Enforcement Emphasis on Employee Classification is Likely to Decrease Payroll Tax Evasion

Jan 18, 2011   

The Labor and Employment Relations Association (LERA) held its annual meeting on January 7 through January 9, 2011. Among the topics discussed by LERA speakers was the recent “crackdown” on employers who evade payroll taxes by misclassifying or underreporting their workers.

Unless otherwise excluded, IRC §3402(a) requires employers to withhold income taxes on the wages paid to all employees. Issues often arise with regard to employers treating workers as independent contractors instead of employees.

Rev. Rul. 87-41, 1987-1 C.B. 296, provides:

[a]n individual is an employee for federal employment tax purposes if the individual has the status of an employee under the usual common law rules applicable in determining the employer-employee relationship. . . An employee is subject to the will and control of the employer not only as to what shall be done but as to how it shall be done. In this connection, it is not necessary that the employer actually direct or control the manner in which the services are performed; it is sufficient if the employer has the right to do so. . . Conversely, individuals (such as physicians, lawyers, dentists, contractors, and subcontractors) who follow an independent trade, business, or profession, in which they offer their services to the public, generally are not employees.

Significantly, Treas. Reg. §31.3401(c)-1(e) provides that if an employer-employee relationship exists, the designation or description of the relationship by the parties as anything other than that of employer and employee is immaterial. Thus, for a worker who constitutes an “employee” as described above, the employers erroneous issuance of a Form 1099 carries no weight.

Despite these principles offered by the Internal Revenue Service (IRS), Deputy Director and Chief Economist for the Fiscal Policy Institute in New York James A. Parrott reported that 95 percent of restaurants in Brooklyn have “some kind of misclassification.” Parrott also reported that New York enforcement sweeps targeting the restaurant industry identified nearly 500 million dollars in unreported taxes.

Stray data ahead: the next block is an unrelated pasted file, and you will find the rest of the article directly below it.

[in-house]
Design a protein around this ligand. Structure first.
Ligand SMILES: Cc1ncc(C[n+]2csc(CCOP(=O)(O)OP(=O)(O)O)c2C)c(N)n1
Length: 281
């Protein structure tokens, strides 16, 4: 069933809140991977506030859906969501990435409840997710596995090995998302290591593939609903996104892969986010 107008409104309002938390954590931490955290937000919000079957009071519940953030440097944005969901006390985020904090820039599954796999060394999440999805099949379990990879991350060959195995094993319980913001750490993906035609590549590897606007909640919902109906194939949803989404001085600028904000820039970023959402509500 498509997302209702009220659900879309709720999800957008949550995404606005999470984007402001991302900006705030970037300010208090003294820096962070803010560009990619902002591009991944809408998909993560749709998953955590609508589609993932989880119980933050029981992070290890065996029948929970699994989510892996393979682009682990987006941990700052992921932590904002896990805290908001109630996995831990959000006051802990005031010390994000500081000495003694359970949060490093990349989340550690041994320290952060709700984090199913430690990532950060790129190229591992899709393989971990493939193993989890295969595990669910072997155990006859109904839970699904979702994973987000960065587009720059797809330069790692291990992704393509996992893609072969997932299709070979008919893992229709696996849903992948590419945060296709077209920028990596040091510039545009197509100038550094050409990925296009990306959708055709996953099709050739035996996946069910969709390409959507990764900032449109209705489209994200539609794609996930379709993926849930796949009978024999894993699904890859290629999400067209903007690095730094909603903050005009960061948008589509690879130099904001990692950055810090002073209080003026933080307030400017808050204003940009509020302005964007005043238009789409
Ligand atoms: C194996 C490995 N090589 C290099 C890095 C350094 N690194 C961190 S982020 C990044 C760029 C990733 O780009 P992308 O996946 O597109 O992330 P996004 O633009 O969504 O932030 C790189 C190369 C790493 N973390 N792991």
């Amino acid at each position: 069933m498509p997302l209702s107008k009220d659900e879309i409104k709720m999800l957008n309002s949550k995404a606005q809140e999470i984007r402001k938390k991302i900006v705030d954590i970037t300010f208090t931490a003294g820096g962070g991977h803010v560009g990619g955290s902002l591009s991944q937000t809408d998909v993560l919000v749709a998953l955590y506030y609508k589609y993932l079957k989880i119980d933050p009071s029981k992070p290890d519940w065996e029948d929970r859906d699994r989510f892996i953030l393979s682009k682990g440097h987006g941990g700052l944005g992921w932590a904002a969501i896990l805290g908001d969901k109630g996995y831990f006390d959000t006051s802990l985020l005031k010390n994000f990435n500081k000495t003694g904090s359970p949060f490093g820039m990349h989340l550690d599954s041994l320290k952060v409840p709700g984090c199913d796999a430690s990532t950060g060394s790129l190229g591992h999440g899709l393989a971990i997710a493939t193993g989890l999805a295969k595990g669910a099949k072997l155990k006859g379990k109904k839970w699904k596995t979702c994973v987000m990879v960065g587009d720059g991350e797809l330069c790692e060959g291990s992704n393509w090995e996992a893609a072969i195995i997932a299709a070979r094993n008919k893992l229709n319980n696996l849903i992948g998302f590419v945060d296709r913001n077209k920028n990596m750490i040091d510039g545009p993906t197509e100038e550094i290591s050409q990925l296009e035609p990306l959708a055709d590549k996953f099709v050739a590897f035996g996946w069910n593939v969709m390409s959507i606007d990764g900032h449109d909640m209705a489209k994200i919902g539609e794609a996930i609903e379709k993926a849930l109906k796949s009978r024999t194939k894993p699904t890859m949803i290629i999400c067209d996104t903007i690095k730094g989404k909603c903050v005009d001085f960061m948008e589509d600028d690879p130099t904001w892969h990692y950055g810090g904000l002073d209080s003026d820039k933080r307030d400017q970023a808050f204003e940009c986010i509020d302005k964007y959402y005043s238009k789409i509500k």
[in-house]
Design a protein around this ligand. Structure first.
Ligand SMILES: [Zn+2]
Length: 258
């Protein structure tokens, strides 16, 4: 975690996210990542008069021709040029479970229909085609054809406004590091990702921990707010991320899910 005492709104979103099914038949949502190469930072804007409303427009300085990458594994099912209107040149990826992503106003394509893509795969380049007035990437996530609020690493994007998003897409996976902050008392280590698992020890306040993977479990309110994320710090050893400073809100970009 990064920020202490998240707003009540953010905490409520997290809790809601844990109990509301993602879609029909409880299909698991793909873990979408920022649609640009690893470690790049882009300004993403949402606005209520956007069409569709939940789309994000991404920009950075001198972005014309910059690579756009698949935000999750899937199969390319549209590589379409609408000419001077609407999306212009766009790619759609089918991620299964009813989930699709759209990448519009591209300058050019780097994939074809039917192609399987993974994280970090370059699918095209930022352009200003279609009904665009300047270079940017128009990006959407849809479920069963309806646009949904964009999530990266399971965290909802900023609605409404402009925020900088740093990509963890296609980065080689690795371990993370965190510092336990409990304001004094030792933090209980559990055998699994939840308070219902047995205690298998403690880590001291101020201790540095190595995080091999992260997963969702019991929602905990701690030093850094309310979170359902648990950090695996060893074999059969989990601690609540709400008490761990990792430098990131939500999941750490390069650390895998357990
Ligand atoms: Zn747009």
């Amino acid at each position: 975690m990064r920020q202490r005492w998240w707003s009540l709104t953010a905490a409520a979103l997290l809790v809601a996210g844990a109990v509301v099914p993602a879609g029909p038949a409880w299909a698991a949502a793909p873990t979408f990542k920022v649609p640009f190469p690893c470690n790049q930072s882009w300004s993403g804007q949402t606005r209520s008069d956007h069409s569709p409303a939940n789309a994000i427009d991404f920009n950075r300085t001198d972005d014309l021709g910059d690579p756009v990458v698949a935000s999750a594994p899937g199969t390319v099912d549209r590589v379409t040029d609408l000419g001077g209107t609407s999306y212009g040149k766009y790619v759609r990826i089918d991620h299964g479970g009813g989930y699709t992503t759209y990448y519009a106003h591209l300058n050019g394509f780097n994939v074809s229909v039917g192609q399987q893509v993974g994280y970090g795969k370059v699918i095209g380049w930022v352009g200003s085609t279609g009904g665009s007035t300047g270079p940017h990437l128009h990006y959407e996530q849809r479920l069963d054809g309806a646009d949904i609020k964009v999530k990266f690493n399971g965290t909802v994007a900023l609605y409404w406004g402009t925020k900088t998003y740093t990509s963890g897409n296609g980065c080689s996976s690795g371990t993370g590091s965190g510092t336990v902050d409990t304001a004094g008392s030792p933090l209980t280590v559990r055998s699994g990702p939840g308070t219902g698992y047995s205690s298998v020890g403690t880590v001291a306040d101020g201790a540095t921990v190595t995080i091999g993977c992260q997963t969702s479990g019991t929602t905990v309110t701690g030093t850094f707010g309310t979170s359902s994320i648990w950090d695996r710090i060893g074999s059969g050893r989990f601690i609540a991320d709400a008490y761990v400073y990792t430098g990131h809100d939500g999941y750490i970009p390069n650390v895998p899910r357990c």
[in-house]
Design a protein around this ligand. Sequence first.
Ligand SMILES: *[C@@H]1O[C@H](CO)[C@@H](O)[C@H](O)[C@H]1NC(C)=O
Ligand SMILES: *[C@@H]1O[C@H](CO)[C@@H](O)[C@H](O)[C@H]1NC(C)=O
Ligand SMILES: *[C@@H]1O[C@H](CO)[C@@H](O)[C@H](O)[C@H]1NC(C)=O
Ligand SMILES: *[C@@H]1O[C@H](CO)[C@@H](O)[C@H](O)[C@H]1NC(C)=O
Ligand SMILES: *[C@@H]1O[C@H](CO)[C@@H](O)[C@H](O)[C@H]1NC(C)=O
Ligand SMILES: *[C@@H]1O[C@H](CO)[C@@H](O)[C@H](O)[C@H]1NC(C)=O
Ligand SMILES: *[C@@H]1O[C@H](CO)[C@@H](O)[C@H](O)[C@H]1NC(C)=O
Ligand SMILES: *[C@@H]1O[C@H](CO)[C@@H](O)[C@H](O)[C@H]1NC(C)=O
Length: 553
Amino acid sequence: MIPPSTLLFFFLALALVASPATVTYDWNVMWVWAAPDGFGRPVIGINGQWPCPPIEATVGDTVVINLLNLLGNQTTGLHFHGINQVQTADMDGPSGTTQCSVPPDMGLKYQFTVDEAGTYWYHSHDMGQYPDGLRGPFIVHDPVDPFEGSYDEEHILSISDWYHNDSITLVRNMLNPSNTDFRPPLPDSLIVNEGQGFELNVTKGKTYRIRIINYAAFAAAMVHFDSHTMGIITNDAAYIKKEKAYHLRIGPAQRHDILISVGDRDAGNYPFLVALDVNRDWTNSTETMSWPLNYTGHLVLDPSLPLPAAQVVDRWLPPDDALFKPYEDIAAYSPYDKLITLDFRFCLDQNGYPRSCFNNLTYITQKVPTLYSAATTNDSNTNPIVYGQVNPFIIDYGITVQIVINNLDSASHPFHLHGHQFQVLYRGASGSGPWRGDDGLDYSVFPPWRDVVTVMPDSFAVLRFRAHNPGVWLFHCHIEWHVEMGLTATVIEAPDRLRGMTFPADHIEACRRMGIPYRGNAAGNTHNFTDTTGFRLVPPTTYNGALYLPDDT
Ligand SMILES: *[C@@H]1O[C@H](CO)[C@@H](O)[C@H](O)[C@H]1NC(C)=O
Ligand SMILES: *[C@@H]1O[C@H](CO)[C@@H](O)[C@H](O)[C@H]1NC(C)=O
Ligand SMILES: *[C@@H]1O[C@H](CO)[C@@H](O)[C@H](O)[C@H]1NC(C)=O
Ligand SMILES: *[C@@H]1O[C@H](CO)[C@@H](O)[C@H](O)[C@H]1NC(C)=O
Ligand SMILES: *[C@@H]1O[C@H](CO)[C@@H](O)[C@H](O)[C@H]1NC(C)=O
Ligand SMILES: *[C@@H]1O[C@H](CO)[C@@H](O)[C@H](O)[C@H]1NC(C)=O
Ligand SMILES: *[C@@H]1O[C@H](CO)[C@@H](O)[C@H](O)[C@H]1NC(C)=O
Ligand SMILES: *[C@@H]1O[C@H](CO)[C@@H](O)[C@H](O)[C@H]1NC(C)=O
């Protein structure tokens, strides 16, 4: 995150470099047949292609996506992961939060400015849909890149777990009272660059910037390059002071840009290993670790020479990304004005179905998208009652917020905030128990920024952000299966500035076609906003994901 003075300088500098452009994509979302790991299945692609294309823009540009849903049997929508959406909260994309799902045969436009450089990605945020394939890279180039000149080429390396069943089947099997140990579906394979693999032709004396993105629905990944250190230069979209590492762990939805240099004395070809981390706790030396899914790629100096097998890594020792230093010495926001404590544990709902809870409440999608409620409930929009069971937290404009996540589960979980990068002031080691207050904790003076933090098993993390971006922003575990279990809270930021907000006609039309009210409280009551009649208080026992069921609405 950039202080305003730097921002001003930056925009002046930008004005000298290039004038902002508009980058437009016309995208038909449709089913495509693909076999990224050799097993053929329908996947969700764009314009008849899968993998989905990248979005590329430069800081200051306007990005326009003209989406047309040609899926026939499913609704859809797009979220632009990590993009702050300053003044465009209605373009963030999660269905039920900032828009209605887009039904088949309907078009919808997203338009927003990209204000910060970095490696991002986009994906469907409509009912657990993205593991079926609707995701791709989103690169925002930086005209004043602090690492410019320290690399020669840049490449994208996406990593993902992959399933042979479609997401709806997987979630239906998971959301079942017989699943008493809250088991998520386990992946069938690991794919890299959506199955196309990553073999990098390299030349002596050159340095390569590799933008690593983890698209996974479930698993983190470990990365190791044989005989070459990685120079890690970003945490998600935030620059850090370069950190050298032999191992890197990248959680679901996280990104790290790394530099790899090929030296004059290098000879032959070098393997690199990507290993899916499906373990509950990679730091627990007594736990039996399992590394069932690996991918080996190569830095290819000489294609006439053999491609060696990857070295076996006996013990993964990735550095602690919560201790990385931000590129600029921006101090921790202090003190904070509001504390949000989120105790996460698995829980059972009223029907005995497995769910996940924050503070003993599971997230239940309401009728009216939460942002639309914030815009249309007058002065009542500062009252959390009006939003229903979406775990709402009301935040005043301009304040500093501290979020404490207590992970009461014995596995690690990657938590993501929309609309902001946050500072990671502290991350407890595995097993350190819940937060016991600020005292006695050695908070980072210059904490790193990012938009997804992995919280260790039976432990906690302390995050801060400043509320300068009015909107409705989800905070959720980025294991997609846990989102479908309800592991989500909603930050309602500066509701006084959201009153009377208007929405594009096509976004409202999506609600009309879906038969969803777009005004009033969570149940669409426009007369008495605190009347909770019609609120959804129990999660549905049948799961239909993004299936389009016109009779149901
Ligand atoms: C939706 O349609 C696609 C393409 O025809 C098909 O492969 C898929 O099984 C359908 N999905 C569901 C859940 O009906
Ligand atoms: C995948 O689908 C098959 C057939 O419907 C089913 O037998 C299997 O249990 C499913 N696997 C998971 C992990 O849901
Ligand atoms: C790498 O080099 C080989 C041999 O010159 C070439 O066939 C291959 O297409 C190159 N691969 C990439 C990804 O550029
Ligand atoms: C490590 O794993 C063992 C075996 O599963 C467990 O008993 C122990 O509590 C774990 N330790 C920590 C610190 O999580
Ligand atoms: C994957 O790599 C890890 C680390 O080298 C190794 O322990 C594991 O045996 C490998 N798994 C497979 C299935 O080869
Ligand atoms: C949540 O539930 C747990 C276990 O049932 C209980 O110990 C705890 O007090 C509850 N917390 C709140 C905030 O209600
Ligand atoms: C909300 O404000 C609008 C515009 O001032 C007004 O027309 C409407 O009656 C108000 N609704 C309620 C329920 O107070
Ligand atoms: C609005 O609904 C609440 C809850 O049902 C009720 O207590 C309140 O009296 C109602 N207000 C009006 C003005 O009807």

Data compiled by the Commerce Departments Census Bureau revealed a 20 percent increase in the number of New York workers who were paid as independent contractors and received IRS Forms 1099 between 2000 and 2005. During the same time period, private payroll employment in New York, which consists of workers who received W-2 forms, only increased by 0.5 percent.

Although misclassification was commonly attributed to illegal immigration, Matthew Capece, an attorney with the Carpenters and Jointers of America, indicated that it now “encompassed many documented citizens of the U.S.” Capece further described the severity of the problem in the construction industry, stating, “There is much more outright fraud and problems with nonreporting than unintentional or negligent behavior And this is not about ma and pa businesses renovating kitchens. Its about a problem that is widespread within the residential construction industry.”

Panelists at the LERA annual meeting described how numerous employers minimize payroll tax liabilities by treating workers as independent contractors or paying them cash “under the table.” Notwithstanding the amount of revenue lost by both the federal government and states, Panelists also emphasized the problems created by misclassification on the workers.

In addition to not being covered by workers compensation, unemployment insurance, or state temporary disability insurance, misclassified and underreported workers lose overtime pay and access to healthcare coverage and other benefits, such as retirement benefits and paid time off.

State enforcement agencies, such as the New York Enforcement Tax Force on Employee Misclassification, continue to conduct “sweeps” for worker misclassifications. Between September 2007 and March 2010, the New York Enforcement Tax Force on Employee Misclassification has identified nearly 35,000 cases of employee misclassification, $457 million in unreported taxes, $13.2 million in unemployment insurance taxes due, and $14 million in unpaid wages.

New Yorks and other states enforcement efforts are likely to reduce payroll tax evasion, as well as assist unaware employees who incorrectly receive Forms 1099 and consequently lose benefits to which they are entitled.

If you have any questions regarding payroll taxes, worker classifications, or any other tax provision, please contact Fuerst Ittleman, PL at contact@fidjlaw.com.